The person who wrote that is still in grade school.
Every engine will give maximum CCP with intake closing at BDC.
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Re: How much does moving the cam affect peak rpm?

Post by Bill Chase »

panic wrote: Wed Nov 18, 2020 10:27 am advance cam until max cranking compression was achieved
The person who wrote that is still in grade school.
Every engine will give maximum CCP with intake closing at BDC.
I didn't quote it verbatim. What they basically meant was install straight up, or as the cam grinder indicated. Then advance or retard within 2-4 degrees. that was the jist of what they were saying and within those confines whatever gave max cranking compression (and p t v clearance) was probably going to be best for the street sbc they were referring to. and 15 years later that is my recollection of what they were saying. I will see if I can find the article. I think Marlin Davis wrote it; but do not quote me on that.

It made sense though. Have a cam that is right for the application and play with cam timing + or - a few degrees and see what gave the best cranking compression.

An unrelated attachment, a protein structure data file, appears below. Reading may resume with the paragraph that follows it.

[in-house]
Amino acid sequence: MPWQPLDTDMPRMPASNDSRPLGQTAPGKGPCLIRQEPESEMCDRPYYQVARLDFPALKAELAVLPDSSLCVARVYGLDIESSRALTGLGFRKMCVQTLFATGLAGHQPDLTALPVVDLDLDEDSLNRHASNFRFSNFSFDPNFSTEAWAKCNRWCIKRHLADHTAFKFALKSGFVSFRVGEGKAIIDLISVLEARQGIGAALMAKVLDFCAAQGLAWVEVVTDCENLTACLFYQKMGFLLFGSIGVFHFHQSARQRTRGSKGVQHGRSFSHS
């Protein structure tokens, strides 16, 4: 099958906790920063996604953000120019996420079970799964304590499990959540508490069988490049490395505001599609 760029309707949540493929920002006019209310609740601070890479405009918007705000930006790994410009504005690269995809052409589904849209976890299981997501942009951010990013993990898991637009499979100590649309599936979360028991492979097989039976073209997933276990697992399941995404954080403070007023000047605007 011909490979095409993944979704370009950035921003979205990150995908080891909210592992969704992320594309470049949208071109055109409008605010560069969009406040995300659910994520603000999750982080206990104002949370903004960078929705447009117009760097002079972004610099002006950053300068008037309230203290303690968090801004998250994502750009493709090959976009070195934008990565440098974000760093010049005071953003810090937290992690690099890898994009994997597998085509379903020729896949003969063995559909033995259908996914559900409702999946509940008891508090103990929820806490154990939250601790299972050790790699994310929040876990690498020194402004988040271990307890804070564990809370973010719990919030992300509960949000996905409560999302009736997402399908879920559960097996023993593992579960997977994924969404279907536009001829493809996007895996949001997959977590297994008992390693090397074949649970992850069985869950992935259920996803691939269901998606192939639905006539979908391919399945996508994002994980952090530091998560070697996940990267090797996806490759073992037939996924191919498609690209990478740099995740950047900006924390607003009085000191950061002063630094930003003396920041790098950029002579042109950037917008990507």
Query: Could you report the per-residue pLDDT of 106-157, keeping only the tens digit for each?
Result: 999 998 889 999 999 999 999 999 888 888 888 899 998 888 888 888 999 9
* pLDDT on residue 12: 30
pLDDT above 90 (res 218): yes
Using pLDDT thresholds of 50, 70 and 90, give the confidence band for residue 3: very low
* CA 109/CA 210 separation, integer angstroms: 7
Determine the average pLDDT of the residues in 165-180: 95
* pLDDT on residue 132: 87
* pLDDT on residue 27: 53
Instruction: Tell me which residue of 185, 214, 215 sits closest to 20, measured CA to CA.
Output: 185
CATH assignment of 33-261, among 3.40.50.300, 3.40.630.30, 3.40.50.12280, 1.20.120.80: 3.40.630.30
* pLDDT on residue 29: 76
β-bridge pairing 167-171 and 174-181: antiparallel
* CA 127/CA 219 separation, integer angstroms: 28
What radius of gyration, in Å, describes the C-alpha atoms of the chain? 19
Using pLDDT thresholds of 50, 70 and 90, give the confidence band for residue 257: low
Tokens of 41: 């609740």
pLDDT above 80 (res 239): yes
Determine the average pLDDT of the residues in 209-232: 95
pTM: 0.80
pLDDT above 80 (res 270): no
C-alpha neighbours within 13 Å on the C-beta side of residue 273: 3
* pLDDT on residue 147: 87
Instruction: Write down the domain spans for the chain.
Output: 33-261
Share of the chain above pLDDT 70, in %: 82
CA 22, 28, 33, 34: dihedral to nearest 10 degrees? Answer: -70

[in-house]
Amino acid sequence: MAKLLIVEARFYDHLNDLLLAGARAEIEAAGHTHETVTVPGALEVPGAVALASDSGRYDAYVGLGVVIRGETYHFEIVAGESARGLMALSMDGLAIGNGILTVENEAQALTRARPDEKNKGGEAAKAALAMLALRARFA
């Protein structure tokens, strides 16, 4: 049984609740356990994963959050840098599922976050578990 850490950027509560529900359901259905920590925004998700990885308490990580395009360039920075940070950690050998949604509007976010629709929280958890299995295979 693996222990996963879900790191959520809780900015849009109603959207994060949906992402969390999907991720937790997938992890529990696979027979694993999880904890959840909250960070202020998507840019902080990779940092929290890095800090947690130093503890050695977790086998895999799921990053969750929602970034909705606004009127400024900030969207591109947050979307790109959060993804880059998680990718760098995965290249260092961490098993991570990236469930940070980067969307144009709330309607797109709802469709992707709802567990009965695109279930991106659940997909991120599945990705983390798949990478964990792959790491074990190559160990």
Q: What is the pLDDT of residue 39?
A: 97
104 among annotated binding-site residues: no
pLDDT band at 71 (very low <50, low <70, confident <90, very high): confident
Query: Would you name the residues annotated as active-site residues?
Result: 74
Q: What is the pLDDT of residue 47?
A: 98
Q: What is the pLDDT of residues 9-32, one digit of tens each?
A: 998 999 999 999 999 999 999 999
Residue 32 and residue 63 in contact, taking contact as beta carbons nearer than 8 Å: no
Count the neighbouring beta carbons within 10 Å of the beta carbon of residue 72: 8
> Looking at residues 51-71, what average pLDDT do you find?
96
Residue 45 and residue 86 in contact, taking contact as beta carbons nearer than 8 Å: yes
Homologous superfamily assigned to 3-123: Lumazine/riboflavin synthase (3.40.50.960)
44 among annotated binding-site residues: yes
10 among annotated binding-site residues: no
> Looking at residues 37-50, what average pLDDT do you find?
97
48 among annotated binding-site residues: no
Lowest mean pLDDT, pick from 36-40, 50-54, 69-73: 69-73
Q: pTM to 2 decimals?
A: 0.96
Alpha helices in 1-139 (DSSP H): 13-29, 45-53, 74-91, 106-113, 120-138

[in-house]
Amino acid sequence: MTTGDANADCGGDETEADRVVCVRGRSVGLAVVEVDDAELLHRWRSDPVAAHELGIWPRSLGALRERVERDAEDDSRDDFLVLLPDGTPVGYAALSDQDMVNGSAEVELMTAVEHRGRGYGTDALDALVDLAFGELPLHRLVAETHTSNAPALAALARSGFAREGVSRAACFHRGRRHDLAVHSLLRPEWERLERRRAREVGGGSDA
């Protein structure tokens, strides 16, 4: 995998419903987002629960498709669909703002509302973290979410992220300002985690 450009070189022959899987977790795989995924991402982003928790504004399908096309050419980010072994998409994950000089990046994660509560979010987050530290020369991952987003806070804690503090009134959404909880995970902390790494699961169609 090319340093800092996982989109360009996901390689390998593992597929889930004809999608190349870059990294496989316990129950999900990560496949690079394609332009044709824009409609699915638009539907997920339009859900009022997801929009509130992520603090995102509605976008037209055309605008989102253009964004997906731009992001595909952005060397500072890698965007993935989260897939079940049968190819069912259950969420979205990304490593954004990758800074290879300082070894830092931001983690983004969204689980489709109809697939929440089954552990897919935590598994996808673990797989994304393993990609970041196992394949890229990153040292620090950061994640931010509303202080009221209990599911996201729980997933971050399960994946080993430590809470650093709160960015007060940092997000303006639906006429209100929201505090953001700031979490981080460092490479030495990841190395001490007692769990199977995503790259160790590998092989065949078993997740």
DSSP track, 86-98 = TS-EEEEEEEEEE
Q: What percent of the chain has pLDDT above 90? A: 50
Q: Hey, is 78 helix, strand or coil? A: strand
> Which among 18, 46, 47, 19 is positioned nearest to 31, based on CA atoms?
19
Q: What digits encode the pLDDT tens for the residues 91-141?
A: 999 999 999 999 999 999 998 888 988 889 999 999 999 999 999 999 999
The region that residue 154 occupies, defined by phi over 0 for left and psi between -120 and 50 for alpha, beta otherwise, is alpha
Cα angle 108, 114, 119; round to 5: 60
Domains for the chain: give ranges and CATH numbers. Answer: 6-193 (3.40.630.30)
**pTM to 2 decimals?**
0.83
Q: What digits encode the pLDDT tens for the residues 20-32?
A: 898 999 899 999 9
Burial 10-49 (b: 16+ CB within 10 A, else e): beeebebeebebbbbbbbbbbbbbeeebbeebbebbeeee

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Re: How much does moving the cam affect peak rpm?

Post by mt-engines »

Most of the time I see it gain or lose torque. As far as rpm raising or lowing it rarely changes 100 to 200 rpm unless the cam was in left field. I've seen valve lash change rpm more so than specifically changing intake centerline.

Like Mike and Walter mentioned. I have seen engines with large heads do exact opposite of common belief with advancing and retarding. Where advancing the cam picks up power up high rpm.